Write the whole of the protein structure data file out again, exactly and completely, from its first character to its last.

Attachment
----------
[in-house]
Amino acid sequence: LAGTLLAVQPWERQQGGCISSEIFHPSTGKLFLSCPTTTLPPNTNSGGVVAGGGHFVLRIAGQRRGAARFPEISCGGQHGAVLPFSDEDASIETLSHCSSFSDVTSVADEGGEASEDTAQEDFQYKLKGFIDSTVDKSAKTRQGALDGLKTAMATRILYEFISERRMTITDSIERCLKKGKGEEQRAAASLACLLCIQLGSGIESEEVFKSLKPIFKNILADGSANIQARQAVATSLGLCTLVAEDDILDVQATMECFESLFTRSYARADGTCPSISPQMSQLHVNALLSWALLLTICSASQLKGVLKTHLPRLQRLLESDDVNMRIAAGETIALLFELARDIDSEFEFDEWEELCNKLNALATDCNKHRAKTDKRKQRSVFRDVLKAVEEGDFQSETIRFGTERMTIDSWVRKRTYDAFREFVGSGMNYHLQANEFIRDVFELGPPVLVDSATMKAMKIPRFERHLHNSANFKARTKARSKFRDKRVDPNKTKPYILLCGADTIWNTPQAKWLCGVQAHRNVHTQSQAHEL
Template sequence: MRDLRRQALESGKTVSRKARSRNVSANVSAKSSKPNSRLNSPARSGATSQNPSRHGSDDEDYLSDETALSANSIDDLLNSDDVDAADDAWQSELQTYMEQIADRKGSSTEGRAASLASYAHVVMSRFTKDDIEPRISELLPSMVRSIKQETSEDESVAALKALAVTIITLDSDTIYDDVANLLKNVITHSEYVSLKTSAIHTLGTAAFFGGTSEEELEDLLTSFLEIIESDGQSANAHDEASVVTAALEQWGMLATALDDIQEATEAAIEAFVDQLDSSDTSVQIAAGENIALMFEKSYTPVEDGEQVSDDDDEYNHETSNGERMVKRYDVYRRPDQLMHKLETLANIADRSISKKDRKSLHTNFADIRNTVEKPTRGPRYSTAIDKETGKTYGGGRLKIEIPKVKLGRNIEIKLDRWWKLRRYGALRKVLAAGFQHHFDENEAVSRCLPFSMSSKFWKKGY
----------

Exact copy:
[in-house]
Amino acid sequence: LAGTLLAVQPWERQQGGCISSEIFHPSTGKLFLSCPTTTLPPNTNSGGVVAGGGHFVLRIAGQRRGAARFPEISCGGQHGAVLPFSDEDASIETLSHCSSFSDVTSVADEGGEASEDTAQEDFQYKLKGFIDSTVDKSAKTRQGALDGLKTAMATRILYEFISERRMTITDSIERCLKKGKGEEQRAAASLACLLCIQLGSGIESEEVFKSLKPIFKNILADGSANIQARQAVATSLGLCTLVAEDDILDVQATMECFESLFTRSYARADGTCPSISPQMSQLHVNALLSWALLLTICSASQLKGVLKTHLPRLQRLLESDDVNMRIAAGETIALLFELARDIDSEFEFDEWEELCNKLNALATDCNKHRAKTDKRKQRSVFRDVLKAVEEGDFQSETIRFGTERMTIDSWVRKRTYDAFREFVGSGMNYHLQANEFIRDVFELGPPVLVDSATMKAMKIPRFERHLHNSANFKARTKARSKFRDKRVDPNKTKPYILLCGADTIWNTPQAKWLCGVQAHRNVHTQSQAHEL
Template sequence: MRDLRRQALESGKTVSRKARSRNVSANVSAKSSKPNSRLNSPARSGATSQNPSRHGSDDEDYLSDETALSANSIDDLLNSDDVDAADDAWQSELQTYMEQIADRKGSSTEGRAASLASYAHVVMSRFTKDDIEPRISELLPSMVRSIKQETSEDESVAALKALAVTIITLDSDTIYDDVANLLKNVITHSEYVSLKTSAIHTLGTAAFFGGTSEEELEDLLTSFLEIIESDGQSANAHDEASVVTAALEQWGMLATALDDIQEATEAAIEAFVDQLDSSDTSVQIAAGENIALMFEKSYTPVEDGEQVSDDDDEYNHETSNGERMVKRYDVYRRPDQLMHKLETLANIADRSISKKDRKSLHTNFADIRNTVEKPTRGPRYSTAIDKETGKTYGGGRLKIEIPKVKLGRNIEIKLDRWWKLRRYGALRKVLAAGFQHHFDENEAVSRCLPFSMSSKFWKKGY